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  • The Effect of Idle Server First Random Routing on the Behavior of a Finite Queue

    Page(s): 496 - 502
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    This paper studies the effect of routing on the behavior of a finite queue which accepts batch Poisson inputs and receives service from multiple synchronous servers. Upon the arrival of a group of customers idle or pseudoidle servers will be considered first in routing decisions. Otherwise routing will be determined randomly in accordance with a preset probability distribution. Results obtained include state probability, blocking probability, delay, and throughput. Validity of analysis has been verified by computer simulations. These results can he used in evaluating the performance of a computer communication network. View full abstract»

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  • Time-Stamp Approach to Prevention of Different Deadlock Types in Store-and-Forward Networks

    Page(s): 564 - 566
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    This correspondence is concerned with the prevention of four types of deadlock in store-and-forward networks, i.e., progeny, copy-release, reassembly, and resequence deadlocks. The approach presented makes use of time stamping of all messages and generalizes the method of store-and-forward deadlock prevention. View full abstract»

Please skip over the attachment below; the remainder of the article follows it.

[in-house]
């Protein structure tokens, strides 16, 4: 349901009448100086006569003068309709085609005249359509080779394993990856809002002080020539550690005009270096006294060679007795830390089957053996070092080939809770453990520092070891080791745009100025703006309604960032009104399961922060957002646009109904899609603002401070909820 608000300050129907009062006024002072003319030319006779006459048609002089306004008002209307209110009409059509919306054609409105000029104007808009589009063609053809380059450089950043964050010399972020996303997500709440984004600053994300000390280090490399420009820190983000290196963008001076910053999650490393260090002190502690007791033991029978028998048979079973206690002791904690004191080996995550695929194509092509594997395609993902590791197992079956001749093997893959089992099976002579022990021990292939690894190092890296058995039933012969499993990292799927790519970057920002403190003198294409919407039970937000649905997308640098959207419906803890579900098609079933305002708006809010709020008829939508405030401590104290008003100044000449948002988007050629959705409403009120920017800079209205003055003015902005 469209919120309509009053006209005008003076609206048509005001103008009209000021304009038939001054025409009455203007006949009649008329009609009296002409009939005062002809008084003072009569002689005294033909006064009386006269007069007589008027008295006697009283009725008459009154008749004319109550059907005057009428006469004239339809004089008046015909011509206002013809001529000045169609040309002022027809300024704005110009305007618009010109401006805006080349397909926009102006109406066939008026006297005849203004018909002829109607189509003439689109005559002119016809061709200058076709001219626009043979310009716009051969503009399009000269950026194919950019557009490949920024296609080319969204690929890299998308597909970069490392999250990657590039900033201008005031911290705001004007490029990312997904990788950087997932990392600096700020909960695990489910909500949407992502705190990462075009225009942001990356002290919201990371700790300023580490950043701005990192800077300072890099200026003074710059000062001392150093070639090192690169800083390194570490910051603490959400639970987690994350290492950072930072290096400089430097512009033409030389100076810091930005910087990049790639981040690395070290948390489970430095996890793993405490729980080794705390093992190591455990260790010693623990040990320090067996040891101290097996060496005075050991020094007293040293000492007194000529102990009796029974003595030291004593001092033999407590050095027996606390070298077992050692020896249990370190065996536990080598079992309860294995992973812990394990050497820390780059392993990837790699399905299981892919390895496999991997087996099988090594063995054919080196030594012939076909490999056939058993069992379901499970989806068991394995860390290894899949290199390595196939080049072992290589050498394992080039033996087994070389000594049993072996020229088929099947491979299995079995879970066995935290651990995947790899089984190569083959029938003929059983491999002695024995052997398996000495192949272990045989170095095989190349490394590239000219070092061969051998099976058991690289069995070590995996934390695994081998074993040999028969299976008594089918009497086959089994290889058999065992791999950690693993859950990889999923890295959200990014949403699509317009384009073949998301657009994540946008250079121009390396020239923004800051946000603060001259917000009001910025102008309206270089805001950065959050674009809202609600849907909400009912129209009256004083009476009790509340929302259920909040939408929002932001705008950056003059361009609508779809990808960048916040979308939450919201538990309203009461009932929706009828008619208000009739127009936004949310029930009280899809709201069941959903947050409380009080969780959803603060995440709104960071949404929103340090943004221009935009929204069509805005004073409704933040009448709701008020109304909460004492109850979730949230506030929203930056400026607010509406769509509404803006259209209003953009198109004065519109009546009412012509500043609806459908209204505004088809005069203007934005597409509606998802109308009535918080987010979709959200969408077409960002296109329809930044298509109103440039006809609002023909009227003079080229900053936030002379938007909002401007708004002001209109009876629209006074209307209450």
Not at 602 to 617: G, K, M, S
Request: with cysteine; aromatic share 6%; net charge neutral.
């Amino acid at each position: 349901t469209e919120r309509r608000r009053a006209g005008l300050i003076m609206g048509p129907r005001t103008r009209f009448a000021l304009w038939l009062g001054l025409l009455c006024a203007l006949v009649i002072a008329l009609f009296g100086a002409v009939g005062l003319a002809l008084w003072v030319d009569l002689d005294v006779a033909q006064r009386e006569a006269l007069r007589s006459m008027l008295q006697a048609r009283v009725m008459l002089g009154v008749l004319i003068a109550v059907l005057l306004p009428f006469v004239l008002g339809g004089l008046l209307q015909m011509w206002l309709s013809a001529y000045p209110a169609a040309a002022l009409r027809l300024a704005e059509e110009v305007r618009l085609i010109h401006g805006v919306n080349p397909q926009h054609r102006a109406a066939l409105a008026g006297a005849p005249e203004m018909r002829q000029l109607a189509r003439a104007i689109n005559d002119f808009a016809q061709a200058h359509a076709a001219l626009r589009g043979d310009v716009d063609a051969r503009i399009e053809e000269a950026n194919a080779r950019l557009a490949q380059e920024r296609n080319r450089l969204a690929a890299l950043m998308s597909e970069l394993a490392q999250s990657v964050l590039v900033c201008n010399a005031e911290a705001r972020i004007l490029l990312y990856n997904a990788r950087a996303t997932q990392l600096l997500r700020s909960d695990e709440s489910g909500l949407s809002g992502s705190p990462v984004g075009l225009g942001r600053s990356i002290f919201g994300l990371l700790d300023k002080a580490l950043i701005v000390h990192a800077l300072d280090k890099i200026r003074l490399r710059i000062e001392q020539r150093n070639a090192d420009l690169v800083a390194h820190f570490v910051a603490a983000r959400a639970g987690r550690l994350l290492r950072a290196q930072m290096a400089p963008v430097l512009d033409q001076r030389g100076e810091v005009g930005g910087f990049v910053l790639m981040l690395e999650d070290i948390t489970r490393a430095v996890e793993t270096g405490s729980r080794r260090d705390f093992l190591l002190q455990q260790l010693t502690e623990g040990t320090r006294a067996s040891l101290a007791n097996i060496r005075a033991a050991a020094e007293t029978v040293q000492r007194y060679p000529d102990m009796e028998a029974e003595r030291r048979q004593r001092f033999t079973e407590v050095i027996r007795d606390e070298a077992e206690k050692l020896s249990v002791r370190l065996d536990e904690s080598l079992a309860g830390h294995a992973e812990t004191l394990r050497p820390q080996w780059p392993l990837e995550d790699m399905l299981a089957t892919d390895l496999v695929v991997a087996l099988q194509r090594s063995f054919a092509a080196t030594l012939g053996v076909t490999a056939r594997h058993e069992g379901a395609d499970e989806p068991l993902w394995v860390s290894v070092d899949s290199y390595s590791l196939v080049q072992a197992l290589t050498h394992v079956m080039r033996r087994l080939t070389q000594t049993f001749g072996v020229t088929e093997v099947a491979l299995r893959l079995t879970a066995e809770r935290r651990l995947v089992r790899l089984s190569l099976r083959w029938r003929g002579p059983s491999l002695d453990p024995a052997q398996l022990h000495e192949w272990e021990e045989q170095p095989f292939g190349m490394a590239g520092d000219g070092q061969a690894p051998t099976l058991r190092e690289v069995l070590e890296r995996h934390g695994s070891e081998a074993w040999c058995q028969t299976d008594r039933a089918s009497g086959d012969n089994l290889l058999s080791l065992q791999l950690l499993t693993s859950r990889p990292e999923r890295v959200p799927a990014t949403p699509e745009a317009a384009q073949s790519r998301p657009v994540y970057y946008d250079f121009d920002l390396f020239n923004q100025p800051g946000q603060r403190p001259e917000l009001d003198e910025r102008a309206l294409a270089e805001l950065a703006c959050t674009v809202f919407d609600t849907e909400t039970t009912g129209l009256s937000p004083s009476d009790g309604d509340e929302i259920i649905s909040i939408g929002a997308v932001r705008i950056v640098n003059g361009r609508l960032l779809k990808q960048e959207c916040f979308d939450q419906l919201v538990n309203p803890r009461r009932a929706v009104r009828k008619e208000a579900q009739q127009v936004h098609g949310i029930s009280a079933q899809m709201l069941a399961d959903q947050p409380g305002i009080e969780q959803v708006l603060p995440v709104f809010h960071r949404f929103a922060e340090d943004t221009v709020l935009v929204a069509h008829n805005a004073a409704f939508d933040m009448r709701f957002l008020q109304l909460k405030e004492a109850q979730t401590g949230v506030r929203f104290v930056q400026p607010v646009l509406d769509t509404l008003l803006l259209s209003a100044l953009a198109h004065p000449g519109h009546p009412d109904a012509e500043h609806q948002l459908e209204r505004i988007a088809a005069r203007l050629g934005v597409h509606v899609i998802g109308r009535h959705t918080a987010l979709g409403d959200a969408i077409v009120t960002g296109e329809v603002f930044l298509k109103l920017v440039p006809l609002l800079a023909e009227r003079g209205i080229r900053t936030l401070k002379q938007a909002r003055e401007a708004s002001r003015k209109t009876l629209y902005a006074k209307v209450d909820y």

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  • Common Pitfalls in the Application of Stationary Process Theory to Time-Sampled and Modulated Signals

    Page(s): 529 - 534
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    The common practice of applying the theory of stationary stochastic processes to a cyclostationary process by introducing random phase(s) into the probabilistic model in order to stationarize the process can lead to erroneous results, such as incorrect formulas for power spectral density. This is illustrated by showing that commonly used formulas for signals that have undergone frequency conversion or time sampling can be incorrect. The source of error is shown to be inappropriate phase-randomization procedures. The correct procedure is described, and corrected formulas are given. The problem is further illustrated by showing that commonly used resolution and reliability (mean and variance) formulas for spectrum analyzers must be corrected for cyclostationary signals. It is explained that all corrections to formulas reflect the effects of spectral correlation. These effects are inappropriately averaged out by inappropriate phase-randomization procedures. It is further explained that these inappropriate procedures destroy the important property of ergodicity of the probabilistic model. View full abstract»

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  • Optimization of Generalized Tamed Frequency Modulation Bit Error Rate Performance Subject to a Bandwidth Constraint